R Selvaraj, who wrote the story for Muthal Mariyathai, recently revealed that the spark for the story line came from the life of the famous Russian writer, Fyodor Dostoevsky. It is said that in the course of assisting Dostoevsky in writing a book, his assistant Anna, much younger to the author, developed a fond relationship with Dostoevsky. In Muthal Mariyathai, the theme is similar, but with the story set in a village, a familiar playground for director Bharathiraja. In Tamil cinema, there has been no other filmmaker who has brought the earthiness of a village better than Bharathiraja before and after him.  He brings in the milieu, the sights, sounds, the language and the cultural aspects of a Tamizh Naatu Gramam like no other. Bharathiraja also had cinematographer B Kannan to be his pair of eyes and between them they brought the villages to life before our eyes on the big screen. Muthal Mariyathai, almost entirely shot outdoors, is no exception.

In Muthal Mariyathai, Bharathiraja explores a strange relationship between the male and the female leads – one an elderly upper caste gentleman who is revered by one and all and is deemed to receive the “first honour” in the village and the other a very young, under-privileged girl who has come to the village to make a living. It is difficult to explain the exact nature of the relationship between Malaichami and Kuyilu in this film. While the people of the village speculate on the nature of their relationship to be love, fondness, respect or even an extra marital affair, the director and writer show it as a kind of a platonic relationship which we as viewers are able to understand.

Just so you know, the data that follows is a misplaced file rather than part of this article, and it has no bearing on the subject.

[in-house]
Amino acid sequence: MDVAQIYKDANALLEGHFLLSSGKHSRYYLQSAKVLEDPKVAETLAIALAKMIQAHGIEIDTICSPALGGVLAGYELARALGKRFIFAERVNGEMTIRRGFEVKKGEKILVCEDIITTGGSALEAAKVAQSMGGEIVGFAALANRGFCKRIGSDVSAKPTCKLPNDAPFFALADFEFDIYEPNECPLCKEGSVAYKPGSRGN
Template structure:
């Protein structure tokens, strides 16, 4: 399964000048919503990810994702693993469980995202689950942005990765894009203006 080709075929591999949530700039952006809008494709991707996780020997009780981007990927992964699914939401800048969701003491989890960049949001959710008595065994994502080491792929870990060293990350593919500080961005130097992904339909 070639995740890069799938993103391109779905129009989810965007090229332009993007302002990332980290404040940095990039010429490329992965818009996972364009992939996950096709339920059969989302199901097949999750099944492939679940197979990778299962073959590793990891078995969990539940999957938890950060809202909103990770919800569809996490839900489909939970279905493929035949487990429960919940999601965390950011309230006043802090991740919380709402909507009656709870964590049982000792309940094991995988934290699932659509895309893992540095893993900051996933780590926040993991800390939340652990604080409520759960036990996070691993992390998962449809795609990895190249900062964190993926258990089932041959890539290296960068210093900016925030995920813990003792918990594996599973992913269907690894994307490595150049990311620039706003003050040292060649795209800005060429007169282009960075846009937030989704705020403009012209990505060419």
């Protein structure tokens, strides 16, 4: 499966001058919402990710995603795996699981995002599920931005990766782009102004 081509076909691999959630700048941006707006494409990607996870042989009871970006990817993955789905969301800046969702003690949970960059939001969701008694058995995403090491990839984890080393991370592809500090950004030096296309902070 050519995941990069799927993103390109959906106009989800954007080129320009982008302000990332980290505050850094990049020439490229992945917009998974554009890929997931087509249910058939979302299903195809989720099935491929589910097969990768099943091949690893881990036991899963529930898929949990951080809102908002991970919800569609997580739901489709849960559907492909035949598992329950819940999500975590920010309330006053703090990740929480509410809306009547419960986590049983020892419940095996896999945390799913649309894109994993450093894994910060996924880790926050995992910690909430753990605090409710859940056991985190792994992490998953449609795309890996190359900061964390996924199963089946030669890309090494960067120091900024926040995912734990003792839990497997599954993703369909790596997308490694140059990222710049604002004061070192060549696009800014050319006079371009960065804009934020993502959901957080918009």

While on this topic of “affairs,” it is a strange coincidence that three of the top Tamil filmmakers of those times, namely, K Balachandar, Bharathiraja and K Bhagyaraj weaved stories in their respective films — Sindhu Bhairavi, Muthal Mariyathai and Chinna Veedu — around this subject in the same year of 1985. Yet, the three films were completely different in their narratives and became super hits.